5 Ways to Calm Dogs During Fireworks & Thunderstorms

calm dog during fireworks. dog hiding under covers

Some consider the Fourth of July to be the most fun holiday of the summer, but for many of our four-legged friends, it’s a living nightmare. It can be stressful and even heartbreaking to see your beloved pet quiver in fear during thunderstorms and fireworks season. As dog owners, we want our pets to feel safe and happy instead of anxious and scared.

Not only do they cause your pets to get fearful or anxious, but loud noises like fireworks are a serious threat to wildlife. Birds, for example, may abandon their nests to flee the noise, never to return. Others simply run away so far that they get orphaned from their habitats or run into a road to be hit by a car.

Firework anxiety is very real, so it’s important for pet parents to prepare a safe space for their dog or cat during the festivities.

How to Calm Your Dog During Fireworks

dog fourth of july bbq

There are a number of methods you can use to calm an anxious dog on the 4th of July. Consider combining several of the options below.

1. Natural calming supplements

Keeping your pooch calm during firework day actually starts a couple of days before the big event. If you use a calming supplement like JustFoodForDogs Calm, give the recommended dosage to your pup every 12 hours starting a day or two before the 4th.

Some pet parents also try CBD or other calming chews. Calm is a fusion of Valerian Root and Passion Flower that provides a calming effect. It is formulated and balanced to bind the calming GABA receptors located in the brain to relax the canine nervous system. Our calm supplement is designed by a team of veterinarians and reviewed by our board-certified veterinary toxicologist.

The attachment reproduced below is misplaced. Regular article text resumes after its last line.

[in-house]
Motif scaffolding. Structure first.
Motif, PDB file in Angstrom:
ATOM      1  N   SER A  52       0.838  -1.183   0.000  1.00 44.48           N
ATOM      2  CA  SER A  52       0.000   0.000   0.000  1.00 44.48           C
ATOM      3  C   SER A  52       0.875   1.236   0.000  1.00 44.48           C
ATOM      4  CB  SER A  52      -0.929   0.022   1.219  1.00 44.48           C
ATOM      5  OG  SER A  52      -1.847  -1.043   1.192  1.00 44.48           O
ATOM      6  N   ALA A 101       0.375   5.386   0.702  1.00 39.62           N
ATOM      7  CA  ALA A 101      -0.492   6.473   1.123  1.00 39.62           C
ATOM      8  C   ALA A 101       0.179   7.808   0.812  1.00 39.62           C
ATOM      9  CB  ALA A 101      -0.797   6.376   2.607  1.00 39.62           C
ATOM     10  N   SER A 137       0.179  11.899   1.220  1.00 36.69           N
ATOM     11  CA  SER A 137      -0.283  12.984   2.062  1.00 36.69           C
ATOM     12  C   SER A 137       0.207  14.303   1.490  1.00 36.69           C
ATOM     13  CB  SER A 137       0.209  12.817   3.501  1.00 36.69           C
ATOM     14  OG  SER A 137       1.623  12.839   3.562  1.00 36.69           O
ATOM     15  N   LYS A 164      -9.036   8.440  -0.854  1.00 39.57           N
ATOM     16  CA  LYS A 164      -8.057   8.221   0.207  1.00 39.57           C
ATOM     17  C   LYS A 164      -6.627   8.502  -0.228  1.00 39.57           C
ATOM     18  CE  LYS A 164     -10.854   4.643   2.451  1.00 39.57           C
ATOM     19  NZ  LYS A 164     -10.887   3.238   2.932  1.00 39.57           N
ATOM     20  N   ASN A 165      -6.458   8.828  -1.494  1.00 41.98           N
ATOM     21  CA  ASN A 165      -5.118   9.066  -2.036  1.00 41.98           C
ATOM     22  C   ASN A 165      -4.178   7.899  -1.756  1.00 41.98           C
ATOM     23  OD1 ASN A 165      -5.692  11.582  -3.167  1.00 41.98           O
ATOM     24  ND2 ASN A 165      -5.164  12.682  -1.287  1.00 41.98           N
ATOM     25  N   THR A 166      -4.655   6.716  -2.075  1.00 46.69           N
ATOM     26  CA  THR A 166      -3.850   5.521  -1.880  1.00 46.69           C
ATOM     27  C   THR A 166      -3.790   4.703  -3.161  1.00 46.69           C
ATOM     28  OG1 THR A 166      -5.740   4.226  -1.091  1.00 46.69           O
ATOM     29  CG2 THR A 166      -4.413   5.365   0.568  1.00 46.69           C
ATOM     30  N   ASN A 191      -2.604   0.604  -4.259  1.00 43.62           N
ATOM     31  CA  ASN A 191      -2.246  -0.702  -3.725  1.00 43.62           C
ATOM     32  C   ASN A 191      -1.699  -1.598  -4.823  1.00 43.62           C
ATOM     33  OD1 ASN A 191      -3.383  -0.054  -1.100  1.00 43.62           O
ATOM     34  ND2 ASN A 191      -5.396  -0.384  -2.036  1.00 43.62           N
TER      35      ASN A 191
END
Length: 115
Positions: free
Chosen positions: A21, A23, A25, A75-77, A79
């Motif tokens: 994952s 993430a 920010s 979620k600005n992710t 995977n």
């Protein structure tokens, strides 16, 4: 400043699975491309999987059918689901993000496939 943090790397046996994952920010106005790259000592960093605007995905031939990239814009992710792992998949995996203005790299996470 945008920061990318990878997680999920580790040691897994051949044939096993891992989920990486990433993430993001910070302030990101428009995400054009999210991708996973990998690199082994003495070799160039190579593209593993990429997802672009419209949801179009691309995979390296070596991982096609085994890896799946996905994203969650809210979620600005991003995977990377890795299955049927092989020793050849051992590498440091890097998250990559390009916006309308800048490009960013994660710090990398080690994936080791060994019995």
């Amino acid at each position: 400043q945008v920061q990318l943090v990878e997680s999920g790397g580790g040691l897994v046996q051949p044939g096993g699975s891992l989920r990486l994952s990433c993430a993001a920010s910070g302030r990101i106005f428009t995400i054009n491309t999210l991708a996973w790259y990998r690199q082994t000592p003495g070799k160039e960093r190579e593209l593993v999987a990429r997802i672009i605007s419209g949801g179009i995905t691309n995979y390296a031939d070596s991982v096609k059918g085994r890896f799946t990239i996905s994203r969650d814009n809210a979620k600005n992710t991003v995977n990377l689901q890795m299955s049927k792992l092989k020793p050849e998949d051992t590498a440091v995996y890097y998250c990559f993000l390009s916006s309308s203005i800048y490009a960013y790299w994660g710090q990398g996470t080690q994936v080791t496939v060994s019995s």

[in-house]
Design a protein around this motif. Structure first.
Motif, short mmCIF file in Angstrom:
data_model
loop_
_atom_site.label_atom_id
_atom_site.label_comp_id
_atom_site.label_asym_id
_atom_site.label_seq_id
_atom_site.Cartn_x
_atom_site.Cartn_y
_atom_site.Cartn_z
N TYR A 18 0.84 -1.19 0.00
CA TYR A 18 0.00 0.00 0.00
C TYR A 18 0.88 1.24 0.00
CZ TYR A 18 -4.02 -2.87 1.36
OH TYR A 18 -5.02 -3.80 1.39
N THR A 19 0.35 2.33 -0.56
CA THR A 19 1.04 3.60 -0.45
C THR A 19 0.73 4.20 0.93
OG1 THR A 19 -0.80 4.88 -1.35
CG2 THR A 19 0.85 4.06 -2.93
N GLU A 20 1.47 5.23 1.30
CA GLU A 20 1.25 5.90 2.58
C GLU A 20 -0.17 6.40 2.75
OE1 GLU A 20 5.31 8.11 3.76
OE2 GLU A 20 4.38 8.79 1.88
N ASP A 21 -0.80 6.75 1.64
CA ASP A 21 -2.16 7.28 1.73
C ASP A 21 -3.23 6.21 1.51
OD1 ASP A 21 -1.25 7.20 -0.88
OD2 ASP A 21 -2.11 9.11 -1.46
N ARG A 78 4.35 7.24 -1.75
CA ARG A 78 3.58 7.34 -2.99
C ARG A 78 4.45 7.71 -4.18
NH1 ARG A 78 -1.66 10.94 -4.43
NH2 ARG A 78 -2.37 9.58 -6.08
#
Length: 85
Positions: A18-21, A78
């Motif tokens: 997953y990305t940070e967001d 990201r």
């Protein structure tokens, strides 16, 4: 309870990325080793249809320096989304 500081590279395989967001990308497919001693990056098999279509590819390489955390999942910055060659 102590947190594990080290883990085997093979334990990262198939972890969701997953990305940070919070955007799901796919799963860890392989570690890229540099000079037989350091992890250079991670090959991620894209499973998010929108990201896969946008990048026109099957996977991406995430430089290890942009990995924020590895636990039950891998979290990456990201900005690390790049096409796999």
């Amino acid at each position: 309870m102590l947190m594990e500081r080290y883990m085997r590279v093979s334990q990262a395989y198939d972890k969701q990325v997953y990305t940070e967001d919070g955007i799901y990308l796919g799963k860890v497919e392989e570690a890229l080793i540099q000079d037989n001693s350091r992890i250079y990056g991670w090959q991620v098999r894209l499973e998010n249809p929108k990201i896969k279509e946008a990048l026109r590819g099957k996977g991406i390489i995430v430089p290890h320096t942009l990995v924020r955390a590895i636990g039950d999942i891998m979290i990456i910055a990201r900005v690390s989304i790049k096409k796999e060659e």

Calming supplements are great for instances of separation anxiety, car travel, vet visits, thunderstorms, and of course, fireworks.

2. Create a safe space

Before the booms begin, make sure your dog has a kennel or room to go in where they feel safe. Play some white noise or classical music (there are dog-specific playlists on Spotify), give them their favorite toys, and turn on a pheromone diffuser or essential oil with naturally calming scents like lavender. Anything you can do to make your dog more comfortable in his own quiet space, the better.

3. Long-lasting dog treats & scent games

For a pup with a fear of fireworks, many dog trainers recommend distracting them with nose work using a frozen Kong or food puzzle. Dogs love to work for their food — the activity provides lots of valuable mental stimulation and tires them out rather quickly. Sprinkle some treats or kibble around the room for your doggy to find. Sniffing around is what dogs do best!

4. Medication

If you’ve tried everything from desensitization to thundershirts, but your pet’s anxiety shows no sign of improvement, talk to your DVM about anti-anxiety medication. For some pets, anxiety and fear are truly debilitating. Medications can provide much-needed short or long-term relief.

5. Keep them inside

This one is a very important and often overlooked step. Make sure you take your dog on a nice long walk before the loud sounds begin. As mentioned, animals panic and take off at the sound of something loud and unexpected. Do not let them out of the house or yard off-leash during the 4th or New Year’s Eve when the booms are in full swing. July 5th is one of the busiest days of the year for animal shelters due to dogs running away and getting lost on the 4th.

Even if your dog is unaffected by loud noises like fireworks, make sure they have a microchip and wear an ID tag at all times in case they get lost.

Why Dogs Have Firework Anxiety

calm dog during fireworks. dog hiding under covers

When fireworks are shot into the sky to boom and burst, dogs have no idea what’s going on. In general, dogs with noise phobia are afraid of sudden loud and unpredictable noises. While a fireworks display is celebratory for us humans, your dog feels panicked at the sound of fireworks.

Pet owners should pay close attention to their dog’s behavior and body language. A fearful dog’s ears will be pulled back, the dog may pant, salivate, tremble, hide, and whine. They may dig at the ground, snap at another dog in the household, or chew something that’s not a toy.

A dog’s anxiety takes many forms. As a loving pet parent, it’s important to recognize the signs in order to calm your dog down effectively. They will thank you in the long run for promoting their overall safety and well-being for any type of event.


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